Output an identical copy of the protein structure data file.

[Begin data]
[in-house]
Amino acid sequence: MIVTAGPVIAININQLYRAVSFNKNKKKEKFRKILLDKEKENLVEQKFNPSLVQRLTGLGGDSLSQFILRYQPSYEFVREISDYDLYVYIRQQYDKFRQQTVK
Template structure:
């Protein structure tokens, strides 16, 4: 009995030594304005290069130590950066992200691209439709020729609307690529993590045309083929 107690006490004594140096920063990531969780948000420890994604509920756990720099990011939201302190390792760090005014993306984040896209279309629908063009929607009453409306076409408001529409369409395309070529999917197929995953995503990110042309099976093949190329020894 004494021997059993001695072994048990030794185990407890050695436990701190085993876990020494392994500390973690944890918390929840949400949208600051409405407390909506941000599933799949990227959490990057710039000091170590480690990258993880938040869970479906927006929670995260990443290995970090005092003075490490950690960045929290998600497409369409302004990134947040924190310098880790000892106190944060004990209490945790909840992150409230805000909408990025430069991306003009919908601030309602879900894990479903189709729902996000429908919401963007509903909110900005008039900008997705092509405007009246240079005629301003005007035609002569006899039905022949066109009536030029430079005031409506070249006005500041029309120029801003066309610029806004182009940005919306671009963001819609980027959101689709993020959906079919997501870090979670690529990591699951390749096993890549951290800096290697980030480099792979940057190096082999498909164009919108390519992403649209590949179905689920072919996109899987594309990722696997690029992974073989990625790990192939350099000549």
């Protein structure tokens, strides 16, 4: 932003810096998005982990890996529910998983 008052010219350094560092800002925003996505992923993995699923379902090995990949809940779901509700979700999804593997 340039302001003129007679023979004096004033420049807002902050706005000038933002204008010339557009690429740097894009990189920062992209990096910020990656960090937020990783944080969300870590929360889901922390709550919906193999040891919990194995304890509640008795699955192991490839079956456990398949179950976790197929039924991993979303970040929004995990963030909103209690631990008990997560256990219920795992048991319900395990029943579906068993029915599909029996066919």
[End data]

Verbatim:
[in-house]
Amino acid sequence: MIVTAGPVIAININQLYRAVSFNKNKKKEKFRKILLDKEKENLVEQKFNPSLVQRLTGLGGDSLSQFILRYQPSYEFVREISDYDLYVYIRQQYDKFRQQTVK
Template structure:
């Protein structure tokens, strides 16, 4: 009995030594304005290069130590950066992200691209439709020729609307690529993590045309083929 107690006490004594140096920063990531969780948000420890994604509920756990720099990011939201302190390792760090005014993306984040896209279309629908063009929607009453409306076409408001529409369409395309070529999917197929995953995503990110042309099976093949190329020894 004494021997059993001695072994048990030794185990407890050695436990701190085993876990020494392994500390973690944890918390929840949400949208600051409405407390909506941000599933799949990227959490990057710039000091170590480690990258993880938040869970479906927006929670995260990443290995970090005092003075490490950690960045929290998600497409369409302004990134947040924190310098880790000892106190944060004990209490945790909840992150409230805000909408990025430069991306003009919908601030309602879900894990479903189709729902996000429908919401963007509903909110900005008039900008997705092509405007009246240079005629301003005007035609002569006899039905022949066109009536030029430079005031409506070249006005500041029309120029801003066309610029806004182009940005919306671009963001819609980027959101689709993020959906079919997501870090979670690529990591699951390749096993890549951290800096290697980030480099792979940057190096082999498909164009919108390519992403649209590949179905689920072919996109899987594309990722696997690029992974073989990625790990192939350099000549």
């Protein structure tokens, strides 16, 4: 932003810096998005982990890996529910998983 008052010219350094560092800002925003996505992923993995699923379902090995990949809940779901509700979700999804593997 340039302001003129007679023979004096004033420049807002902050706005000038933002204008010339557009690429740097894009990189920062992209990096910020990656960090937020990783944080969300870590929360889901922390709550919906193999040891919990194995304890509640008795699955192991490839079956456990398949179950976790197929039924991993979303970040929004995990963030909103209690631990008990997560256990219920795992048991319900395990029943579906068993029915599909029996066919």